• Blog

      Click here to subscribe to the SDFBI Blog using RSS feeds 

      Clicking on the link above will take you to the RSS Feed address to which your Outlook or other email service can subscribe.  If your browser (eg Google Chrome) doesn't help you enough then try opening this site in another browser (eg Mozilla Firefox, IE) and click this Subscribe link again.  If you are still having difficulties more info can be found on the web here.  

    • Category filter: Lapwing

      South Downs Lapwings in 2017

      24th Jan 2018
      Caroline French, RSPB Conservation Monitoring Officer, gives an update on the SDFBI Lapwing Project As previously noted on this blog, lapwing populations are declining and sadly this much-loved bird of open landscapes is now red listed. On arable land, research points to poor chick survival as the main driver of decline, with insufficient inverteb...Read More...

      Arun Valley waders - the 2017 results

      24th Nov 2017
      Rising in the Weald, bisecting the South Downs between Bury and Arundel, and then entering the sea at Littlehampton, the Arun Valley is a hotspot for breeding waders in the South East.  Much of the lower part of the valley south of Pulborough is designated as both a Site of Special Scientific Interest (SSSI) and a Special Protection Area (SPA)...Read More...

      Lapwing success in the Arun Valley

      24th Aug 2017
      Now in its third year, the Arun to Adur Farmers Group has several projects underway to improve and enhance the wildlife, cultural and historic value of the project area.  One such project is a breeding wader survey in the Arun Valley that started this spring.  The overall aim is assess how birds such as lapwing and redshank are faring, an...Read More...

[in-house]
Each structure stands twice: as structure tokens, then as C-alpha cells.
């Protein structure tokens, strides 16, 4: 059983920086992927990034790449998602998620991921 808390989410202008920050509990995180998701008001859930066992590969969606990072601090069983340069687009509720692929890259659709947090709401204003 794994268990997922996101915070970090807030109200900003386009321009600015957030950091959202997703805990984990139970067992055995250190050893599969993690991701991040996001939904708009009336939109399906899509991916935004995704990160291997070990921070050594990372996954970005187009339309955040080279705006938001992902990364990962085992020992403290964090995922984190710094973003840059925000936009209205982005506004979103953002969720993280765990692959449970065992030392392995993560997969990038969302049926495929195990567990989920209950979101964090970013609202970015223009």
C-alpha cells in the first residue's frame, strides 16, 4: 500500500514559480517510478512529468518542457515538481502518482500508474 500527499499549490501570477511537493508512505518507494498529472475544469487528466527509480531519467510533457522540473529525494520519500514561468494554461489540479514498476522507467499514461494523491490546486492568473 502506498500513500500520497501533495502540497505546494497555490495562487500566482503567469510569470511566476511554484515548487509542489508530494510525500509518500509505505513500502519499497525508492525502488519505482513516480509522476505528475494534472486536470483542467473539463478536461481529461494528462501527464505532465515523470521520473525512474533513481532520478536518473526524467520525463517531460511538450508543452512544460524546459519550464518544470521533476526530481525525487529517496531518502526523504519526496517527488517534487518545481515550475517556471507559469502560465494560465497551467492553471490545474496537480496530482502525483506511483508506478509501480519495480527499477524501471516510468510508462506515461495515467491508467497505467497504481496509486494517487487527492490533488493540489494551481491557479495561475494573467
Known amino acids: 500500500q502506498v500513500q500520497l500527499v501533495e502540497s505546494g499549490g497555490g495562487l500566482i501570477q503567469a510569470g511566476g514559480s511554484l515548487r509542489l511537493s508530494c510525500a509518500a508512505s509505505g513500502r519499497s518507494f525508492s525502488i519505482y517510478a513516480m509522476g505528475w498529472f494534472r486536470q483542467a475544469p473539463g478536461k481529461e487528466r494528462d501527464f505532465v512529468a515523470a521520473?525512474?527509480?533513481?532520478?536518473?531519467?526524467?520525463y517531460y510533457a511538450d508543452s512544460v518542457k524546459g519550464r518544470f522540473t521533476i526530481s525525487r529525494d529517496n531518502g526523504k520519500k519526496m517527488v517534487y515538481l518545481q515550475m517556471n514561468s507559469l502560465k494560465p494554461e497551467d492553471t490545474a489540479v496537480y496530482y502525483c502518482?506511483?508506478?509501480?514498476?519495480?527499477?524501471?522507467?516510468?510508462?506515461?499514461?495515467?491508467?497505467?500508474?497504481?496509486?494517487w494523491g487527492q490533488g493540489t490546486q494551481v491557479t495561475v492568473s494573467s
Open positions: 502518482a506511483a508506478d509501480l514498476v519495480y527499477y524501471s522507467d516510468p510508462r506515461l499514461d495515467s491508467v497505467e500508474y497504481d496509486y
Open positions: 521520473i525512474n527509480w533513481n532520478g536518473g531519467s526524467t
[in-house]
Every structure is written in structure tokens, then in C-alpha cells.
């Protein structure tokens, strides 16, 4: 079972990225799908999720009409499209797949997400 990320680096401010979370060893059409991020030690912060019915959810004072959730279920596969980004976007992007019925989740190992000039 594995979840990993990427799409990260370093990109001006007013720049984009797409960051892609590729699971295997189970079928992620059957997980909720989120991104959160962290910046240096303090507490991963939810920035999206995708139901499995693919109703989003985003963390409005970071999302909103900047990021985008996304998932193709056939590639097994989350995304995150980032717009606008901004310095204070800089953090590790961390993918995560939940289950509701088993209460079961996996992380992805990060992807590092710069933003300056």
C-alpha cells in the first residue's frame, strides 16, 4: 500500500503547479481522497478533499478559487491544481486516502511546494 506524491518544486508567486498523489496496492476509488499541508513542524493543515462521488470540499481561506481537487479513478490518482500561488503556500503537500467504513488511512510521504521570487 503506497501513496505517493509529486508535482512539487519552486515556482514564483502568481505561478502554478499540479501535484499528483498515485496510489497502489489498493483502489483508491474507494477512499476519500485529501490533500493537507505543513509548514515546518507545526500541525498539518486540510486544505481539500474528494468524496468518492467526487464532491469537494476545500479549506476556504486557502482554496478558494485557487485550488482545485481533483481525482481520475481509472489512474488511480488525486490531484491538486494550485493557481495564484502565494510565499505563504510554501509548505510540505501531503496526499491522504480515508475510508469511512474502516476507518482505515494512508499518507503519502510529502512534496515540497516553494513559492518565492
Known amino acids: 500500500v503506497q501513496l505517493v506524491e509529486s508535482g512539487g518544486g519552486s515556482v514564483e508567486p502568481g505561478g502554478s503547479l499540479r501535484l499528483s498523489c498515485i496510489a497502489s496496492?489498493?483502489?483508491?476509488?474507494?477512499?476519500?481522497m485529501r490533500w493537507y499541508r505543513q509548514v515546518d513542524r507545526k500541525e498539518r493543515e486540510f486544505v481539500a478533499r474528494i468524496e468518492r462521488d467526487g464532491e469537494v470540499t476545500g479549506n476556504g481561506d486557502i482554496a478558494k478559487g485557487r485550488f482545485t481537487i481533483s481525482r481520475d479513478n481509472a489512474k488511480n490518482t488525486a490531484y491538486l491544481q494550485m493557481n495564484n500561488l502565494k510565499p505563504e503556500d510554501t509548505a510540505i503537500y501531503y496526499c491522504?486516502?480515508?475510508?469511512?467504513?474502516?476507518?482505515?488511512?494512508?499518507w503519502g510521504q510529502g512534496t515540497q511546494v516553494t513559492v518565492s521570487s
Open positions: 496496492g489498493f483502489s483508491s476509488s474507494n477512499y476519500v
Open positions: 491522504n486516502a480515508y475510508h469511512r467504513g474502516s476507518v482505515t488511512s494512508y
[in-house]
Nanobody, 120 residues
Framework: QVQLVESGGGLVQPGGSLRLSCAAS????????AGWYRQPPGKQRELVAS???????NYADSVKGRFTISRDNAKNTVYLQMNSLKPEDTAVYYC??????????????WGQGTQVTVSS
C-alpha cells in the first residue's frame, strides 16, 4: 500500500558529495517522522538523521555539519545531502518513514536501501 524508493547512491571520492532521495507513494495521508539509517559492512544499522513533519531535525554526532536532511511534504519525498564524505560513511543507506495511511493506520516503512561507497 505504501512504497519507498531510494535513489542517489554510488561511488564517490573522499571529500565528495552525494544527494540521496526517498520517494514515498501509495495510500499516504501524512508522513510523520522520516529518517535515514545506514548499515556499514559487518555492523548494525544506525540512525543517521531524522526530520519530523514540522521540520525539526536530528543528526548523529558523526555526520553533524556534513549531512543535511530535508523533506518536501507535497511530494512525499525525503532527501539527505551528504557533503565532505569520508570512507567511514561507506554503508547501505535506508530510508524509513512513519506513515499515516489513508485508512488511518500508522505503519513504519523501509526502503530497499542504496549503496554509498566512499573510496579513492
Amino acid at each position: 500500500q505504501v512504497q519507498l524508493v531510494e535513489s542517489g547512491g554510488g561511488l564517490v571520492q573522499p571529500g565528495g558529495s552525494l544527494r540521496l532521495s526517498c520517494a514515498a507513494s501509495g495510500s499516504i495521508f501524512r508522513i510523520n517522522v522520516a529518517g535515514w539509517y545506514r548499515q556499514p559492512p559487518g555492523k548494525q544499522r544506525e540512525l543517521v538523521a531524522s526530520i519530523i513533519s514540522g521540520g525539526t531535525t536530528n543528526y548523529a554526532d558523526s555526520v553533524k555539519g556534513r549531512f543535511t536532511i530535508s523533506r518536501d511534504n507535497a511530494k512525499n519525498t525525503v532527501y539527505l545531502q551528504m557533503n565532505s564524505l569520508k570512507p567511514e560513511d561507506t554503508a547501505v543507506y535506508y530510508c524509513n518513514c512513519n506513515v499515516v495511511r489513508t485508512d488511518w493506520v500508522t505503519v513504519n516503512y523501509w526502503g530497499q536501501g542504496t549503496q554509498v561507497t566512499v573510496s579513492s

2016 South Downs Lapwing Survey results

      25th Aug 2016
      It’s been a while since our last update on the SDFBI Lapwing Project, and the breeding season has now ended for another year.  This year’s fieldwork has provided lots of useful data, although unfortunately results were not great. Wet, windy and cold weather through large parts of April and May weren’t conducive to good lapwi...Read More...

      The nests are down - SDFBI Lapwing Project update

      5th May 2016
      It’s been a strange spring, which up until this week has felt more like winter!  Clear skies and frosts through much of April haven’t been ideal nesting conditions, particularly for ground nesters like lapwing.  However, the weather forecast is for warming conditions over the next few days, so fingers crossed spring is now in ...Read More...

      SDFBI Lapwing Project update

      3rd Mar 2016
      March is now upon us, and it won’t be long before lapwings will be performing their tumbling display flight over the Downs.  In the lead up to the breeding season, we have been busy working with farmers to prepare HLS fallow plots to provide not only suitable nesting habitat, but also areas in which they will be able to feed and find cov...Read More...

      SDFBI Lapwing Project

      13th Jan 2016
      Although the temperature drop over the last few days reminds us that we’re still in the grips of winter, it won’t be too long until farmland birds begin to turn their attentions to breeding.  One such species is the lapwing, whose tumbling display flight is a true sign that spring is springing! Over the last 20 years or so, we hav...Read More...

      Turtle dove and lapwing see red

      3rd Nov 2015
      The IUCN, or International Union for the Conservation of Nature, has been assessing the conservation status of species on a global scale for the last 50 years.  Through the IUCN Red List, this has highlighted taxa threatened by extinction and promoted their conservation. In a press release issued last Thursday (29th October), it was revealed ...Read More...

      Can you give lapwings a helping hand?

      5th Mar 2015
      Lapwing are often thought of as a bird of wet grasslands, but on the South Downs, a large part of the population breed on the drier chalk soils.  For this they prefer to use bare or sparsely vegetation soil, where they make a tiny scrape to lay their eggs.  As we are now in March, and the weather seems to be warming, it won’t be lon...Read More...